An independent analysis of a novel approach to dolphin slaughter used in the 'drive hunt' (Oikomi) in Taiji, Japan

A Butterworth, P Brakes

Research output: Chapter in Book/Report/Conference proceedingConference Contribution (Conference Proceeding)

Abstract

It is estimated that each year within Japanese waters up to 22,000 small whales, dolphins and porpoises (known collectively as ‘small cetaceans’) are killed in hunts that involve a range of techniques. The Taiji Fishing Cooperative, Japan has published the details of a new killing method which involves cutting (transecting) the spinal cord. Analysis of video material of this method indicates that it does not immediately lead to death, and that the time to death data provided in the description of the method, based on termination of breathing and movement, is not supported by the available video data. Damage to the vertebral blood vessels and the vascular rete from insertion of the rod will lead to significant haemorrhage, but this alone would not produce a rapid death in a large mammal of this type. The method induces paraplegia (paralysis of the body) and death through trauma and gradual blood loss. This method of slaughter and killing does not conform with the recognised requirement for ‘immediate insensibility’ and would not be tolerated or permitted in any regulated slaughterhouse process in the developed world.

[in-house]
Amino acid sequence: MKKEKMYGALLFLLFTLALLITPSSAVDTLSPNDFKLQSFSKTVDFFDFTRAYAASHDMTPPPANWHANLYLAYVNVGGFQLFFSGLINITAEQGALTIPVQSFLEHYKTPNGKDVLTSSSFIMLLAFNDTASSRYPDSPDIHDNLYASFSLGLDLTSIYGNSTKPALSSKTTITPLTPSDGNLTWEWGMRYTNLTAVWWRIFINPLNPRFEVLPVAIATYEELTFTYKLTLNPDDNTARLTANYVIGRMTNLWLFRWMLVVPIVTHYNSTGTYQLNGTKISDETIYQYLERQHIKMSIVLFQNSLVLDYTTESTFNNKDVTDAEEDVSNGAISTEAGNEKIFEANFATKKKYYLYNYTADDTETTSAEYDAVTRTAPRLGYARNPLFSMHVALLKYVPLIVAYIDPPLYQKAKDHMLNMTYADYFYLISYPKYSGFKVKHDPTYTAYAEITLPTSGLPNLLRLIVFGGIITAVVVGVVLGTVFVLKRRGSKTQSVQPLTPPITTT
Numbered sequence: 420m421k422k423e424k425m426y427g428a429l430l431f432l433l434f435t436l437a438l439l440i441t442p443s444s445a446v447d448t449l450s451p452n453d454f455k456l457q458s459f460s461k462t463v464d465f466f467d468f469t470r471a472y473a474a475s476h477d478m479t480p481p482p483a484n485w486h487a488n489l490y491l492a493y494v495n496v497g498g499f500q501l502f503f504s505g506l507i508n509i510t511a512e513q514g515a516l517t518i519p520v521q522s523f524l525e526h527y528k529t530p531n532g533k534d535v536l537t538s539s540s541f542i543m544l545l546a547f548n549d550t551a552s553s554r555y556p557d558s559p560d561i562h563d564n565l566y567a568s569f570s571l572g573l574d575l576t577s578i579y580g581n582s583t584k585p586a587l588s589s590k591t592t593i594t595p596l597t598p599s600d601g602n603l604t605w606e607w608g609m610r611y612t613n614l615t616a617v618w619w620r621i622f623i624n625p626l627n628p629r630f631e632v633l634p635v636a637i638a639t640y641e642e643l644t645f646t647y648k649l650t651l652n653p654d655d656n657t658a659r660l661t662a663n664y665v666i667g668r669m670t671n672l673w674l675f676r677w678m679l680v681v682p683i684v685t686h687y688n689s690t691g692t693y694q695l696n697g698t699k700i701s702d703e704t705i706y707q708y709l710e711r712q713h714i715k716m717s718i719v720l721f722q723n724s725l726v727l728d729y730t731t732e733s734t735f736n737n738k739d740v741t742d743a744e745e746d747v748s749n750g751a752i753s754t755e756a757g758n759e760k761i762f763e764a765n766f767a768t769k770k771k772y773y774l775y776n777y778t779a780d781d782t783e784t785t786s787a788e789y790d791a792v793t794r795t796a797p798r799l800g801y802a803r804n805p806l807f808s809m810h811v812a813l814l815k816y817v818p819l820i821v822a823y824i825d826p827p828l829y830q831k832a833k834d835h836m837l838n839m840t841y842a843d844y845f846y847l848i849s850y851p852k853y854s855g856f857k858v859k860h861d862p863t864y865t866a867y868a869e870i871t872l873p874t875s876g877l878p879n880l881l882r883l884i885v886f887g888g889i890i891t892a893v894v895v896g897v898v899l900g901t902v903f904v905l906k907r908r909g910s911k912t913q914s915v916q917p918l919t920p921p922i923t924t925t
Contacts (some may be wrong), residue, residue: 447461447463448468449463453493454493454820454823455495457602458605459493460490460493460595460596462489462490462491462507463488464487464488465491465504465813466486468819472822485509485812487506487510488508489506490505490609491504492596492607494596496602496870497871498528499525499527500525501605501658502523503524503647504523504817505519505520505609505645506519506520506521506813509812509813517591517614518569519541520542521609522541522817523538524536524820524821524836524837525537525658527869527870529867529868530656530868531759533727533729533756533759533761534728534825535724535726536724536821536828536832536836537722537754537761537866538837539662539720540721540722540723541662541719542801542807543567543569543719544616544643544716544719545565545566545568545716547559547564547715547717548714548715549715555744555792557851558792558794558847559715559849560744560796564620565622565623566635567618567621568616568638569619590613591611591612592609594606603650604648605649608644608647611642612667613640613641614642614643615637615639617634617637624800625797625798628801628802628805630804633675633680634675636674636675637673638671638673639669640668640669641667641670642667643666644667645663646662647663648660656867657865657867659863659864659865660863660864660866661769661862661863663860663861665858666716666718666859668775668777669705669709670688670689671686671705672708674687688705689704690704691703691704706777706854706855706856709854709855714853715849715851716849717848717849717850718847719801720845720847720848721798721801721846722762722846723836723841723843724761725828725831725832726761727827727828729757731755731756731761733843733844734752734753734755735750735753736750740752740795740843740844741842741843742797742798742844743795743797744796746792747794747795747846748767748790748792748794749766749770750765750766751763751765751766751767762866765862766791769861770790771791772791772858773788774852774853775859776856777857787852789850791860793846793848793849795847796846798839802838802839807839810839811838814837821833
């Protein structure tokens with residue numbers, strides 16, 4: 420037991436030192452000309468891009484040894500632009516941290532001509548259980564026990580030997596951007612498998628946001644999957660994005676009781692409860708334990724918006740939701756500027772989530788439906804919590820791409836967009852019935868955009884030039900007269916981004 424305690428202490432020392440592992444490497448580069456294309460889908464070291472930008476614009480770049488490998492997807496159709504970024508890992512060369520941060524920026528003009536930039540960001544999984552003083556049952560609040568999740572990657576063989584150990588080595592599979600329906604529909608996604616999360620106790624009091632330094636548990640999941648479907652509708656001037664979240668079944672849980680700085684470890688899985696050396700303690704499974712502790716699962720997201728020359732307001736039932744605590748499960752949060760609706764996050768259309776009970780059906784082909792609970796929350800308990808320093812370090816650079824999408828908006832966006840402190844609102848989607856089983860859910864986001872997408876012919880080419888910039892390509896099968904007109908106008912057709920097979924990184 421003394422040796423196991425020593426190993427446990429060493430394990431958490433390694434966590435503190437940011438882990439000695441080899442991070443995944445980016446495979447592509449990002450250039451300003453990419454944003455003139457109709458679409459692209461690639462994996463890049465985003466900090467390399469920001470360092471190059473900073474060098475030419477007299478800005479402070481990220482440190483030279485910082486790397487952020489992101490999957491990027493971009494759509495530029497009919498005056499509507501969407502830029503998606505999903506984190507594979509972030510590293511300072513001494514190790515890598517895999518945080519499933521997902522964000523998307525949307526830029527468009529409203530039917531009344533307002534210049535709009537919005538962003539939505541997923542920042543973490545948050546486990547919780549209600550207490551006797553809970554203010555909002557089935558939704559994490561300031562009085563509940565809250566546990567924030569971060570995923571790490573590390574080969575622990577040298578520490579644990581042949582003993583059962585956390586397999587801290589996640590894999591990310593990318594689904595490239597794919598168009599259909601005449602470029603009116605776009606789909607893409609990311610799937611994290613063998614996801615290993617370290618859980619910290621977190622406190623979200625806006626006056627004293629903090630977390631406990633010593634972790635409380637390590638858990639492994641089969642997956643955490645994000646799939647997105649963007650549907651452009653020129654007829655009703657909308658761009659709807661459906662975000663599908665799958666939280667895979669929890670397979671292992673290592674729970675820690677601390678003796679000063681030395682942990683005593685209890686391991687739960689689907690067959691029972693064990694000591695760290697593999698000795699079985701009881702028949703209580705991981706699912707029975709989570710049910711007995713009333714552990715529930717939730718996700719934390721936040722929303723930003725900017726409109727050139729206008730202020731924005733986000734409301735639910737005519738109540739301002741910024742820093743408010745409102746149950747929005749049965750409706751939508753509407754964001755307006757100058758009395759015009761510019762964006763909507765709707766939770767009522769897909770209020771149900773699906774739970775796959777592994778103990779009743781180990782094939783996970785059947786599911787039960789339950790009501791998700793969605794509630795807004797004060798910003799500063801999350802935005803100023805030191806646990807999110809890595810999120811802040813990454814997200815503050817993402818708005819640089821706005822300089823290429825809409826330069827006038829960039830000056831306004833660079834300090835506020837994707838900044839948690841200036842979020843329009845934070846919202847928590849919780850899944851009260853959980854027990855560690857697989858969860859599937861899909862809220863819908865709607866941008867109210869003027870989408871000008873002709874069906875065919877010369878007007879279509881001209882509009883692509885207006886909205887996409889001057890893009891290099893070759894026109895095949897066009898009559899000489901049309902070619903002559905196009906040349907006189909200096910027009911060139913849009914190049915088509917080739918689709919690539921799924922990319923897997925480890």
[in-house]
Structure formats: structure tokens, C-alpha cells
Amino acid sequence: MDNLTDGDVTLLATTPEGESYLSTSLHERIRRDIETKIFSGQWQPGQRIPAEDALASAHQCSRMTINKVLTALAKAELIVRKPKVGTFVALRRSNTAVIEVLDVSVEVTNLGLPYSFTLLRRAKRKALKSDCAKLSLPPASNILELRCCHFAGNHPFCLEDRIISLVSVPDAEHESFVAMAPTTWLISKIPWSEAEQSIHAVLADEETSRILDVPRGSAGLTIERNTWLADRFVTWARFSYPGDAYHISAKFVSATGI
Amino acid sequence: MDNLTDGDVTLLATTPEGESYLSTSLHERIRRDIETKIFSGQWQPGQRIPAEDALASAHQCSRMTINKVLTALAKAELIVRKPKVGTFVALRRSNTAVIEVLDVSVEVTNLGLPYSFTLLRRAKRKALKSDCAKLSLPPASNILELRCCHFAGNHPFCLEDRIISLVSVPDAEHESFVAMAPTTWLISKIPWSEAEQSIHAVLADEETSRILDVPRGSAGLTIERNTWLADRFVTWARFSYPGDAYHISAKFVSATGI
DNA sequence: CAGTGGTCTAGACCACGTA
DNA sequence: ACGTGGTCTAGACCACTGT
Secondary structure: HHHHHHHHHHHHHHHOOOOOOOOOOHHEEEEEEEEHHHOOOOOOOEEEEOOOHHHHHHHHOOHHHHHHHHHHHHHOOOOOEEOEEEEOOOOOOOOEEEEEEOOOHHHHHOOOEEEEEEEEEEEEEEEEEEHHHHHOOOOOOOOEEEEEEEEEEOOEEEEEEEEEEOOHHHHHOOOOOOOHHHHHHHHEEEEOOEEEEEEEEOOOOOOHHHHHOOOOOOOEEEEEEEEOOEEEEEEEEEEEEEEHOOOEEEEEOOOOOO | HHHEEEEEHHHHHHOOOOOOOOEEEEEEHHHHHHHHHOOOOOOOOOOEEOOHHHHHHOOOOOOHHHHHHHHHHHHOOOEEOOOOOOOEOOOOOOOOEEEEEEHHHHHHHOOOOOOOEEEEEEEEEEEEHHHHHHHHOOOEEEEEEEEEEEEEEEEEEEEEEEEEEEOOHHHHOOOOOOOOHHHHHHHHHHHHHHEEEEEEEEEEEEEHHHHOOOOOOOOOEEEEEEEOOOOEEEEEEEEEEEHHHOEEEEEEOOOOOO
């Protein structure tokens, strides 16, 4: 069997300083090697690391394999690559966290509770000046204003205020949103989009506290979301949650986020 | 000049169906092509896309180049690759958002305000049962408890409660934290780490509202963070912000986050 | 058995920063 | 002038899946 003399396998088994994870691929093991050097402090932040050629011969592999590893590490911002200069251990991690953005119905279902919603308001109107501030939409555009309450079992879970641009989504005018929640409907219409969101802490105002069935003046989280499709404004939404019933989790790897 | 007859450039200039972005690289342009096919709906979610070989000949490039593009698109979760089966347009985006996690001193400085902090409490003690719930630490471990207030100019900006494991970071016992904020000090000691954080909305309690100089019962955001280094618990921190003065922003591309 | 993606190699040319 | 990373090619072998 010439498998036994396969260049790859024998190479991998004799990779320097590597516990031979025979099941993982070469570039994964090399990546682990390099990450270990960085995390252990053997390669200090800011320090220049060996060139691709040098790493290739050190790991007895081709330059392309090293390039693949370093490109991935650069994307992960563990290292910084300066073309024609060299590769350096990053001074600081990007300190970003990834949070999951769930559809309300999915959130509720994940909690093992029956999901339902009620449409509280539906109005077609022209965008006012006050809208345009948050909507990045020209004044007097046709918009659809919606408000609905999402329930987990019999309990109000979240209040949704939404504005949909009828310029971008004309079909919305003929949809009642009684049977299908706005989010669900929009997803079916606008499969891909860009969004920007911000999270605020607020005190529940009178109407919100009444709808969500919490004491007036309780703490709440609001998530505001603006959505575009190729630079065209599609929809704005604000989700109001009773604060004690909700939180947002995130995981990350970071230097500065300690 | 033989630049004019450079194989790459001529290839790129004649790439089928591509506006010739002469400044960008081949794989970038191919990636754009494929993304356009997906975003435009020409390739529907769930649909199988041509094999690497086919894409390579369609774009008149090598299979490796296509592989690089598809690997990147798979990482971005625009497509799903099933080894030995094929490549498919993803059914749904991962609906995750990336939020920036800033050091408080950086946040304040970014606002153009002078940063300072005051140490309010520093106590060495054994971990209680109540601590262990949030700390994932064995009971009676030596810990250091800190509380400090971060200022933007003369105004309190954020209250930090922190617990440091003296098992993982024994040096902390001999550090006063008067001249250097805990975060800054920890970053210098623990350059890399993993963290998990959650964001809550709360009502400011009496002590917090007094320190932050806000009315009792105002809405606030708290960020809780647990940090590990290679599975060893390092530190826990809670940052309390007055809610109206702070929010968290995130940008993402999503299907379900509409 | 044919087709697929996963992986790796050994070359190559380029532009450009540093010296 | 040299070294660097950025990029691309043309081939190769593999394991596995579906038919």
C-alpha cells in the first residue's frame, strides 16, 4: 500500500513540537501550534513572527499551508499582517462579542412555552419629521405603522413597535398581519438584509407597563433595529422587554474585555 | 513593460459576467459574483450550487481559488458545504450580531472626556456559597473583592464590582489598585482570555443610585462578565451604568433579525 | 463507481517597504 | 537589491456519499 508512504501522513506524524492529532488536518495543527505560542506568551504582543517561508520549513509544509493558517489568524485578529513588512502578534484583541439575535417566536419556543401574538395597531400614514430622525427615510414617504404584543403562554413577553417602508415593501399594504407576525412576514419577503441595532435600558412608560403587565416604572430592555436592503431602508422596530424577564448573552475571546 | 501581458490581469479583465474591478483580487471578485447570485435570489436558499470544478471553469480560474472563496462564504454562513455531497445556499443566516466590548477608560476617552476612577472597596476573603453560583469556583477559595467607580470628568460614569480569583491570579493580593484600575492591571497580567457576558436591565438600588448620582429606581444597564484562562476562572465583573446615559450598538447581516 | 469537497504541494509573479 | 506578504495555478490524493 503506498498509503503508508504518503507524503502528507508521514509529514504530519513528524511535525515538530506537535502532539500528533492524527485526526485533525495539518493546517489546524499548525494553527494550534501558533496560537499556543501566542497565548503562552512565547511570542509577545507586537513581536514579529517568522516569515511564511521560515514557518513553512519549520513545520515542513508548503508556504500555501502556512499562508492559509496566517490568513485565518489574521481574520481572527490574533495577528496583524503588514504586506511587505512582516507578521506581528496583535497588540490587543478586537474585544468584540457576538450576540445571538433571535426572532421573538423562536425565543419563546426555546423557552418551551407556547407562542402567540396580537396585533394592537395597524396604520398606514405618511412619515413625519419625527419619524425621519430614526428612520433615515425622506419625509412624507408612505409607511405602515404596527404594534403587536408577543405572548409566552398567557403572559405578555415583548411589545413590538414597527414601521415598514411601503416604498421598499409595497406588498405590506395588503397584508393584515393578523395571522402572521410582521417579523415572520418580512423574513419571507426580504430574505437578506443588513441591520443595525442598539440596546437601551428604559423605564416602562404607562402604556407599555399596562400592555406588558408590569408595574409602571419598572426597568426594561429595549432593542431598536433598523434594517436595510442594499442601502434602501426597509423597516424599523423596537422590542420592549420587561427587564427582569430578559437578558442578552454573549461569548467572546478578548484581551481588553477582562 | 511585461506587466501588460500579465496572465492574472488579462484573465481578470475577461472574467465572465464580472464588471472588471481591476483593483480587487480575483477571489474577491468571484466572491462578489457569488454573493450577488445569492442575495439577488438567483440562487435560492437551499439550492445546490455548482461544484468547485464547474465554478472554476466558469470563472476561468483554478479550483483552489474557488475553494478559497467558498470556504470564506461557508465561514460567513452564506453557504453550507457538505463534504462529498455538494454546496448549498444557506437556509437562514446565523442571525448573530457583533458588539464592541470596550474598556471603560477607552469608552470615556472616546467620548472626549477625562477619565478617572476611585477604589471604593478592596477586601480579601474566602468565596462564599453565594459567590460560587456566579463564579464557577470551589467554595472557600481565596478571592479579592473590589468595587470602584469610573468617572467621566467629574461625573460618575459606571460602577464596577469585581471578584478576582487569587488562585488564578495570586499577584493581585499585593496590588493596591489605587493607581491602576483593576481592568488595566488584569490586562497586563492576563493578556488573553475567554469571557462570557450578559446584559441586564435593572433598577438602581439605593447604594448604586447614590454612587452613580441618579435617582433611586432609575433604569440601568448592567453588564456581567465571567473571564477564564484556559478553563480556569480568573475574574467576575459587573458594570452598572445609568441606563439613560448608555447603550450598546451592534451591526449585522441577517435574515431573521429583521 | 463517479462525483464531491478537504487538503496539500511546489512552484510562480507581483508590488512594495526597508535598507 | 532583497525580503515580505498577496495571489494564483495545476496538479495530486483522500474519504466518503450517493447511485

Translated title of the contributionAn independent analysis of a novel approach to dolphin slaughter used in the 'drive hunt' (Oikomi) in Taiji, Japan
Original languageEnglish
Title of host publication19th Biennial Conference on the Biology of Marine Mammals
EditorsTara Cox, Katherine Doyle
PublisherSociety for Marine Mammology
Pages48 - 48
Number of pages1
Publication statusPublished - 27 Nov 2011

Bibliographical note

Name and Venue of Event: Tampa, Florida
Conference Proceedings/Title of Journal: Proceedings of the 19th Biennial Conference on the Biology of Marine Mammals
Medium/genre: Abstract
Conference Organiser: Society for Marine Mammalogy, Tampa, Florida

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